Primary and secondary schools will be able to access advice and support to help prevent deaf children from being bullied from Monday 21 July, as the UK’s leading deaf children’s charity launches a new resource.
Bullying and deaf children: a guide for primary and secondary schools has been developed by The National Deaf Children’s Society to help schools tackle any bullying issues that deaf children in their school might be experiencing. A survey run by the charity found that almost two thirds1 of deaf young people have been bullied because of their deafness.
Supported by the Anti-Bullying Alliance, the resource highlights the signs to look out for to identify if bullying is taking place, and tips on creating a safer school environment to help tackle and prevent bullying. It covers all forms of bullying including verbal, emotional, such as deliberately ignoring someone, physical and cyber-bullying.
Ian Noon, Head of Policy and Research at the National Deaf Children’s Society, said: “Any child can experience bullying but we know deaf children and young people can be particularly vulnerable. Difficulties with language, communication and social skills, such as simply not understanding a joke that everyone else is laughing at, can contribute to a deaf child feeling isolated and at risk of being bullied by their peers.
“Whatever the reason, bullying is unacceptable. There are 45,000 deaf children and young people in the UK and this guide aims to help mainstream teachers and special educational needs co-ordinators spot, handle and prevent bullying from happening in the first place.”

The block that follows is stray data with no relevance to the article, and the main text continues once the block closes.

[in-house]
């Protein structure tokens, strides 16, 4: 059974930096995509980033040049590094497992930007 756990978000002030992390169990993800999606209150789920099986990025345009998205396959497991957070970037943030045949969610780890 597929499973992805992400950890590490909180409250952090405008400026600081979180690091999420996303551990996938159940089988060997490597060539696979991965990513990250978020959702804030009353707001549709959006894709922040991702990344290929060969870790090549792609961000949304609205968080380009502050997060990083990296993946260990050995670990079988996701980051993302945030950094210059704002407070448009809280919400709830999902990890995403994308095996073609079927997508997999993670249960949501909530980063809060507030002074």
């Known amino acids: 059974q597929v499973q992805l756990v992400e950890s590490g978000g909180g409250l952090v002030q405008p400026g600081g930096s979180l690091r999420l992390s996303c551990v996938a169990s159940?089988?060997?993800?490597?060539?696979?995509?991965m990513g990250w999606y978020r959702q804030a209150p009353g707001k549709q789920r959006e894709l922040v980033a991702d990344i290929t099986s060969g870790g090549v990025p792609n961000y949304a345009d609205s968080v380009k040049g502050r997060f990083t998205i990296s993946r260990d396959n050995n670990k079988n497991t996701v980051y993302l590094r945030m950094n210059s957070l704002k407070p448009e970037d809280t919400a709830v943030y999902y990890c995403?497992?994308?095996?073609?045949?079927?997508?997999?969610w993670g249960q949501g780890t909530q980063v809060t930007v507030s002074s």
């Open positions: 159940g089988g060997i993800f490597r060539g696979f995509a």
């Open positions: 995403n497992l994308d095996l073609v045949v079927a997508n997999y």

The National Deaf Children’s Society has also produced a guide for parents and resources for deaf children and young people. The guide for parents provides tips on how to spot if bullying is taking place and how to tackle it. The resources for deaf children show them help is available and includes postcards with individual tips such as, what is bullying, how to deal with cyberbullying and what to do if you are being bullied.
Martha Evans, Acting National Coordinator at the Anti-Bullying Alliance, hosted by leading children's charity the National Children's Bureau said: “All of the guides will support young people, parents and carers and schools to tackle bullying and help support deaf children and young people. It is important we all work together to prevent bullying and ensure we respond appropriately when it does occur. These guides support our theme this year for Anti-Bullying Week in November – Let’s Stop Bullying for All”.
Tips on how to create a safe school environment for deaf children
Promote deaf awareness and positive attitudes to deafness
Ensure deaf pupils can access safe or quiet zones
Check that deaf pupils understand what cyberbullying is and how to protect themselves
Check systems are in place for reporting and monitoring
Consider the needs of deaf pupils in all staff training on bullying
Support deaf pupils in extra-curricular activities
For more information go to www.ndcs.org.uk